Dan Diamond, Managing Editor
There was a fascinating interview in Friday's Daily Briefing between Lloyd Dean, the CEO of Dignity Health, and my colleagues Chas Roades and Eric Larsen, discussing Dean’s secrets of leadership and how Dignity is repositioning in light of health reform.
I had a chance to listen to the uncut interview (which ran three times as long as the print version) and thought this was one of the more interesting excerpts that didn't make it into Friday's issue. Note the last line.
Chas Roades: Health systems and hospitals, in particular, can be pretty conservative organizations. That's partly because they're constrained in a number of ways compared to other businesses. They're tax-exempt, community-governed, not-for-profit, faith-based. So it constrains [hospitals'] flexibility to be revolutionary. How much of that do we have to let go?
Lloyd Dean: I think you’re right in your observation about constraints, but you can’t have the system that we’re designing but run it through the same chassis. If you run a piece of steel through the same machine, you can say "I want it to come out different"—but it’s going to come out the same.
How do you change it? By making changes at the core. You can’t just wish it.
I see great legislative and great change in the future. It’ll be tough, complex, and some will survive and some won’t, but I think we’ll come out with a better system.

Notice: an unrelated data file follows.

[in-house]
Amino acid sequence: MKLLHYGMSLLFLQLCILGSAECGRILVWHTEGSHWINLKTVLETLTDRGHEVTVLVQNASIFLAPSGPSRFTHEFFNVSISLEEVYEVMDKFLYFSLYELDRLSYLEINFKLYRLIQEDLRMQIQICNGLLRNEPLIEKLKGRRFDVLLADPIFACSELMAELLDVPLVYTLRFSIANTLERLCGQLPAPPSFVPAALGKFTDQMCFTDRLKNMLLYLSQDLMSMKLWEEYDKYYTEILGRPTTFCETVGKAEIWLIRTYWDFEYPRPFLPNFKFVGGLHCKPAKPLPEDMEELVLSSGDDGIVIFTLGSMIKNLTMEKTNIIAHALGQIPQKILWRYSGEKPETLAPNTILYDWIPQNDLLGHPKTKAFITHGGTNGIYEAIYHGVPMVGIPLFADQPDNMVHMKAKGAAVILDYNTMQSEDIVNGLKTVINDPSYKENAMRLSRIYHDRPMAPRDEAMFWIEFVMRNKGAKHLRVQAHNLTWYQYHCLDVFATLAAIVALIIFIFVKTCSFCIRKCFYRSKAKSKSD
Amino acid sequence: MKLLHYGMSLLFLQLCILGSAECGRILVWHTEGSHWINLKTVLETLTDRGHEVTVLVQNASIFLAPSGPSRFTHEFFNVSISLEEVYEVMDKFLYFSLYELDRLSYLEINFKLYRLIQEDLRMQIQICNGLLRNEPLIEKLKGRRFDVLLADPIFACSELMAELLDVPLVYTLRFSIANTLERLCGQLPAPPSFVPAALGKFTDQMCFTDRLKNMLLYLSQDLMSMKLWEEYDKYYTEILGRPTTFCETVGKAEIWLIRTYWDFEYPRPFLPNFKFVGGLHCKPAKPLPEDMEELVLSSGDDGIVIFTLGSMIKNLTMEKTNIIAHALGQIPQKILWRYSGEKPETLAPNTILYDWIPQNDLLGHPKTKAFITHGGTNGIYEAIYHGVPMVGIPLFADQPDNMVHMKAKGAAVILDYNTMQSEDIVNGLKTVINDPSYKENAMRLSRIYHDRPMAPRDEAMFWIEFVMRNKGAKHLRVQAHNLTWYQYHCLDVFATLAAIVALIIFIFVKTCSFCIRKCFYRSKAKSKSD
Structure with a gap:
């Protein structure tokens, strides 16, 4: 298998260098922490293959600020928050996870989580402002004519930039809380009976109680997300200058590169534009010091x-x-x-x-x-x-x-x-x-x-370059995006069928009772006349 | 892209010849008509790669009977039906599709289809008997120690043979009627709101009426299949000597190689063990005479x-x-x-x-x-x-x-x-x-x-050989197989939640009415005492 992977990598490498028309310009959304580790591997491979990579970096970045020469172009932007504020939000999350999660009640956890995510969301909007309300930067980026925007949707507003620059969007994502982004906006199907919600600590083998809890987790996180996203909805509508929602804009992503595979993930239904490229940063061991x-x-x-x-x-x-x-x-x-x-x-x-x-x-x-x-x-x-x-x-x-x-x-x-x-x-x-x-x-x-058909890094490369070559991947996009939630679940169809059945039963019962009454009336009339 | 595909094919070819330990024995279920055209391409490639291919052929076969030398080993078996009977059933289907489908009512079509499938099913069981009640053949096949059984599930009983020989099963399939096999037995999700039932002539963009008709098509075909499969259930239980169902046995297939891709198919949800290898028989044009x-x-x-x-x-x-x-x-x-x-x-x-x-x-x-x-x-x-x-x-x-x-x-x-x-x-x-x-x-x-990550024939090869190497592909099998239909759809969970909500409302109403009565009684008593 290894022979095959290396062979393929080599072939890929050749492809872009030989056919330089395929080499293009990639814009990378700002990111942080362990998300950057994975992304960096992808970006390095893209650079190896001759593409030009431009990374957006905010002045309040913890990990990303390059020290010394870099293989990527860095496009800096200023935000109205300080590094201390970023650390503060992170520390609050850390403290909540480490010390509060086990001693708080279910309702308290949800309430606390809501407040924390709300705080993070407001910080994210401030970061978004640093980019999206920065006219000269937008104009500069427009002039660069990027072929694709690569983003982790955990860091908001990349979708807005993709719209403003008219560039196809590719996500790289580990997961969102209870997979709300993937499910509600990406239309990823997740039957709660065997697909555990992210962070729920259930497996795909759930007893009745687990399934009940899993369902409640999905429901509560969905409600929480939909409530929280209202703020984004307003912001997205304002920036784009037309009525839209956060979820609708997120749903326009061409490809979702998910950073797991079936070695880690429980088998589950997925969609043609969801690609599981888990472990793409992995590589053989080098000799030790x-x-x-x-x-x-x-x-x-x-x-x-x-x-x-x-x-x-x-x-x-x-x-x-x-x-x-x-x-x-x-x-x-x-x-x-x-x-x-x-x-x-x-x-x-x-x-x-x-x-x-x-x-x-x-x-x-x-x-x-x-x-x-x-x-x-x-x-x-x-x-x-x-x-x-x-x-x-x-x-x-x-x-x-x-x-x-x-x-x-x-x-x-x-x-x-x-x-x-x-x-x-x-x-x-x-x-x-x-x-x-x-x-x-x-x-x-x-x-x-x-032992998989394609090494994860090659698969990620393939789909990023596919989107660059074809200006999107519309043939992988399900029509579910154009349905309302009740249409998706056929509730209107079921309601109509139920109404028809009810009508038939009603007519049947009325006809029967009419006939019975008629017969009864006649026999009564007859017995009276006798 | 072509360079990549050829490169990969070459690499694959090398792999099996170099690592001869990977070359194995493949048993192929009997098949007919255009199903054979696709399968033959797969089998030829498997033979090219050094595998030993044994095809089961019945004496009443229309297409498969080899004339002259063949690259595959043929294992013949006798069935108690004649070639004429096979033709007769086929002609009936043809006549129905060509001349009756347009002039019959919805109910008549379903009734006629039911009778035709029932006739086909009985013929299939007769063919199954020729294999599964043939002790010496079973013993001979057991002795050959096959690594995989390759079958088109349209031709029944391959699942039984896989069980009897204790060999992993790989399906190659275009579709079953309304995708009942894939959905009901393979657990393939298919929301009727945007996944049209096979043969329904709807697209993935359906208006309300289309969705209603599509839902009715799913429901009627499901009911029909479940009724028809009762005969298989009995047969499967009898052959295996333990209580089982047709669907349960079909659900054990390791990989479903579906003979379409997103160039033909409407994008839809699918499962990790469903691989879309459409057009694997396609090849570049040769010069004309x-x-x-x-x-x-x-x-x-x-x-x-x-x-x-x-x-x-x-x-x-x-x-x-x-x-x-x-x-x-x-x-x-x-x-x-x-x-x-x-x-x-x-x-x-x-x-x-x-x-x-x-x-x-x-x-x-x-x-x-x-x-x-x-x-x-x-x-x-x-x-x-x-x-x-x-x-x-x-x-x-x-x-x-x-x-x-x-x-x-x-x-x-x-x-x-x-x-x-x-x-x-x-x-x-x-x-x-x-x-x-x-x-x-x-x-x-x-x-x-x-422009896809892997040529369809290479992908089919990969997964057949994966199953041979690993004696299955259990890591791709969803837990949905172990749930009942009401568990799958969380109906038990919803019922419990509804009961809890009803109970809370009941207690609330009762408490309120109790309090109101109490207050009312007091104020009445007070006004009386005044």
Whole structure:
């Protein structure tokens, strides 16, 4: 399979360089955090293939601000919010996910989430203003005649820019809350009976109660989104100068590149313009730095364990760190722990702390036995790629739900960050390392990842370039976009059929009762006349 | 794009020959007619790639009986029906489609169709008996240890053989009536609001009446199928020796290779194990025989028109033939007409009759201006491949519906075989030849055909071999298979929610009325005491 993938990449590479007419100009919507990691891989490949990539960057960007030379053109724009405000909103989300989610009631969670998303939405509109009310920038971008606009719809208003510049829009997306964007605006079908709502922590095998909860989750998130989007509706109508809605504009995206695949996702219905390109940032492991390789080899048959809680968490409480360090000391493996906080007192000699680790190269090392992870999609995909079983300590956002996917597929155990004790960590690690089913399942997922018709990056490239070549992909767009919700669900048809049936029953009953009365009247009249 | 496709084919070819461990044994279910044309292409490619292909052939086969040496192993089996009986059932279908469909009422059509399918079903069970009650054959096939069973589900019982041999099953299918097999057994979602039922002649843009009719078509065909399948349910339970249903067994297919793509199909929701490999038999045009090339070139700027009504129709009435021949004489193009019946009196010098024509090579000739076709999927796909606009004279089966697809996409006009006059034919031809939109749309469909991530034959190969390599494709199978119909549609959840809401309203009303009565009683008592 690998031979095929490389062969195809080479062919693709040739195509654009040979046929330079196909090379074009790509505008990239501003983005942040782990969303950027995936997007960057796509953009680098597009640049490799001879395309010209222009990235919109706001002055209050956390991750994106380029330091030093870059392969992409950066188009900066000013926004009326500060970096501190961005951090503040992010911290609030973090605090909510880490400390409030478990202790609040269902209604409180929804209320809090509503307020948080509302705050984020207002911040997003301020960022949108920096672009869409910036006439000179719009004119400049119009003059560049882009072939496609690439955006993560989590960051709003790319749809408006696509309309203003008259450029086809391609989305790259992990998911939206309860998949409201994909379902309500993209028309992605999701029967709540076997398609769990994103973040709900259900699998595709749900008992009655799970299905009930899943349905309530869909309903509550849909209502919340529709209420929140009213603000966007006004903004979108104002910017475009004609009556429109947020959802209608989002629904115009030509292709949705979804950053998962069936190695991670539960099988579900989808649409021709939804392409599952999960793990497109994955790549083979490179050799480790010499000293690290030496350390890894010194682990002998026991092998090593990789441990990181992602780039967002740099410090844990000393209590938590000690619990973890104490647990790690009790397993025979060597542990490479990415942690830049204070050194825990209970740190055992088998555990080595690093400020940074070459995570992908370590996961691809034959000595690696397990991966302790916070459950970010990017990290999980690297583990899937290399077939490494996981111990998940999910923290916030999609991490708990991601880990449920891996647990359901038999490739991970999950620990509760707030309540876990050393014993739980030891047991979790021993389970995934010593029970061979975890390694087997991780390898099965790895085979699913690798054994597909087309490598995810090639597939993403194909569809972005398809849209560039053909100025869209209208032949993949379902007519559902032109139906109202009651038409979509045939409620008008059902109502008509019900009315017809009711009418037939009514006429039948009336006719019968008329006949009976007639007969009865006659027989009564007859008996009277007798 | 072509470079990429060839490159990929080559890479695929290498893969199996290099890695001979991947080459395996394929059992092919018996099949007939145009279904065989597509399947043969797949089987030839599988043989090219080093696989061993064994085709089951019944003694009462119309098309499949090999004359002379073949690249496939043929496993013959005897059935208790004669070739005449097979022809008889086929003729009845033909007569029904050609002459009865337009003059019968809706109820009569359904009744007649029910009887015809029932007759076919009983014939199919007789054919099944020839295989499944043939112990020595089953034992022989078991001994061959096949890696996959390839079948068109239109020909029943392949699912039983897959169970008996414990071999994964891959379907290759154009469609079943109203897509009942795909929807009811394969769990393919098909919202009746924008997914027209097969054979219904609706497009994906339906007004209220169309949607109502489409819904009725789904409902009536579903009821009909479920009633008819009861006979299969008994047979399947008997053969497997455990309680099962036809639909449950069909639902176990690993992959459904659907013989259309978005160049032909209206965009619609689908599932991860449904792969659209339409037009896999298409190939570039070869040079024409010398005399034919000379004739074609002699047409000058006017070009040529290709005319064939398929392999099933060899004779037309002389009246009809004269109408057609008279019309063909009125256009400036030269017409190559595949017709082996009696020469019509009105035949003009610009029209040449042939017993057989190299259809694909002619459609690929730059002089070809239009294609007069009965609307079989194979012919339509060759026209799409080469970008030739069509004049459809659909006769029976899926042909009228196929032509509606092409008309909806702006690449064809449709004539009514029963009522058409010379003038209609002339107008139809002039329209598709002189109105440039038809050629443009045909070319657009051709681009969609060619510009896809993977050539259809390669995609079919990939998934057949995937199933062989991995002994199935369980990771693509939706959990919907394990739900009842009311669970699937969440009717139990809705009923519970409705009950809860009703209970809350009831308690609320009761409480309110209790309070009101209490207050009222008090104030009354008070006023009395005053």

Meanwhile, big systems like ours already face questions from the IRS and Congress. Were current laws designed to really serve these multibillion-dollar organizations, or were they for individual hospitals?
And I think the tax-exempt part will remain, but for institutions that are what I’ll call “not to exceed." My prediction is that a decade from now, no system over a billion dollars will be tax-exempt.
A decade ago, Dean's prediction would've seemed like Cassandra forecasting the fall of Troy. Today, it's still eye-catching, but there's reason to believe he's onto something.
For example, Dignity Health is based in California, and several officials in the state are pushing a bill to tax not-for-profit hospitals if their operating margins exceed 10%.
Taken on its own, that's not revolutionary; lawmakers in the Golden State have floated similar legislation for years. (And the legislation often died in committee.) But the national climate is shifting, or at least catching up with California. Consider how other public officials, facing low tax collections and seeking new sources of revenue, are beginning to systemically target hospitals' tax exemptions:
- North Carolina lawmakers are considering a bill that would cap sales tax refunds for hospitals at $100,000.
- The city of Pittsburgh and UPMC are battling over whether the high-profile system should keep its tax-exempt status.
- Some Illinois hospitals, like Carle Foundation, are facing renewed pressure from local regulators, one year after a new state law intended to help resolve a decade of disputes over property-tax exemptions.
And the state-level efforts are being paired with new federal scrutiny. Under the ACA, hospitals—which currently put about 7.5% of their operating expenses toward community benefit—will have to begin assessing community needs as part of their reporting efforts to the IRS. It will be worth watching to see if those assessments allow hospitals to demonstrate their value, and help them hold on to their tax-exempt status, or just accelerate the future that Dean foresees.